Business

OpenAgent founder Zoe Pointon on being an outlier and building one of Australia’s most successful startups

“If it was like what you expected, you probably wouldn’t be stupid enough to do it in the first place.”

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OpenAgent founders.

OpenAgent co-founder and co-CEO Zoe Pointon has always had the entrepreneurial gene.

When she was just seven, Pointon’s dad paid her 20 cents for every fish that she caught off the nearby harbour. An ambitious and crafty entrepreneur even at such a young age, Pointon enlisted a friend, who she paid only five cents for every fish.

Far from being angry at his daughter for the trick, Pointon’s dad was impressed. It was a sign that she was picking up on some of the entrepreneurial skills he had been imparting.

“My dad was pretty proud at that point,” Pointon says. “He was like, ‘yep, she picked up the entrepreneurial gene’.”

Pointon’s father ran his own business, and these sort of educational games began very early on in her life, with things like being paid to pick up pine cones.

While she was in university Pointon put the gene into action for the first time, launching a lawn-mowing company with her now-husband. But it wasn’t a successful one.

The pair were making about $1 per hour working in the sweltering Brisbane heat. After naming the company ‘Too Easy Mowing’, their friends were quick to point out that it was anything but. But it’s never really been about money for Pointon.

“I’m more satisfied out there mowing lawns and getting something done – solving a need and making an impact,” she says.

And the business was another important step in Pointon’s journey of becoming a successful Australian entrepreneur. After graduating from her commerce and marketing degree, Pointon thought she was ready to launch her own business, but after some convincing from her father, decided to take a strategy consulting job at McKinsey in Sydney first to take a taste of the world and build up some experience.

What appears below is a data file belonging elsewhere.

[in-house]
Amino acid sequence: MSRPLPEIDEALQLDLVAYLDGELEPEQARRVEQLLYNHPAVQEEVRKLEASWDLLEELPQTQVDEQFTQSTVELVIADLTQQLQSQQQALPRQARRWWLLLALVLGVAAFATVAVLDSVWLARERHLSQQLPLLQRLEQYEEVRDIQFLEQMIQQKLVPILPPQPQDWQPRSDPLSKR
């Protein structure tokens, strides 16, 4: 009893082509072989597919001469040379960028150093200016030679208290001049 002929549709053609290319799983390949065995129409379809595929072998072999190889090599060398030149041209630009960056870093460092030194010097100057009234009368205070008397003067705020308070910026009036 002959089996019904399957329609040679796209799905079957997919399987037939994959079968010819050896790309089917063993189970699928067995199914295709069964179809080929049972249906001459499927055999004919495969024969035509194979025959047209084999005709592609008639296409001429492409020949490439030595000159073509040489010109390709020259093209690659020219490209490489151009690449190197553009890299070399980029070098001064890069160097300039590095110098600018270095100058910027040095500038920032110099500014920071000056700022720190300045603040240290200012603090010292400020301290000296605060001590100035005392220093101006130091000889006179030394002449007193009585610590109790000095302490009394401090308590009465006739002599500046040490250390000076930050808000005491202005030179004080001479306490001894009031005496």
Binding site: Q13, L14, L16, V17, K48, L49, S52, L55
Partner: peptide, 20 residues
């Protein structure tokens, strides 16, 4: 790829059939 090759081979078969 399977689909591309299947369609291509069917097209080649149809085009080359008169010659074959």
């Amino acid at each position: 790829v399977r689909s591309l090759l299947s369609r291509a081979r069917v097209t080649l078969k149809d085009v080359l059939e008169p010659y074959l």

“I got a broad range of industry experience, international experience and experience all over Australia,” she says.

“I was working for big companies on some really big problems with incredibly smart people. I developed a lot of skills there around problem-solving under pressure, data analytics and decision-making.”

After three years on the job, Pointon was offered a fellowship with the company, which would’ve seen her spend a year working elsewhere, then complete an MBA overseas before returning to pay off the loan to McKinsey.

The offer validated Pointon’s skills and talent, but she couldn’t accept it – the entrepreneurial gene was calling yet again. Instead, she turned to freelance consulting in the meantime and while training for an Ironman competition, inspiration struck.

“I put my work life on hold for a little bit while I was training, and I returned needing more challenge in my work life,” Pointon says. “I was slightly unfulfilled and I wanted to do something entrepreneurial. That’s when the very first seeds of an idea for OpenAgent came.”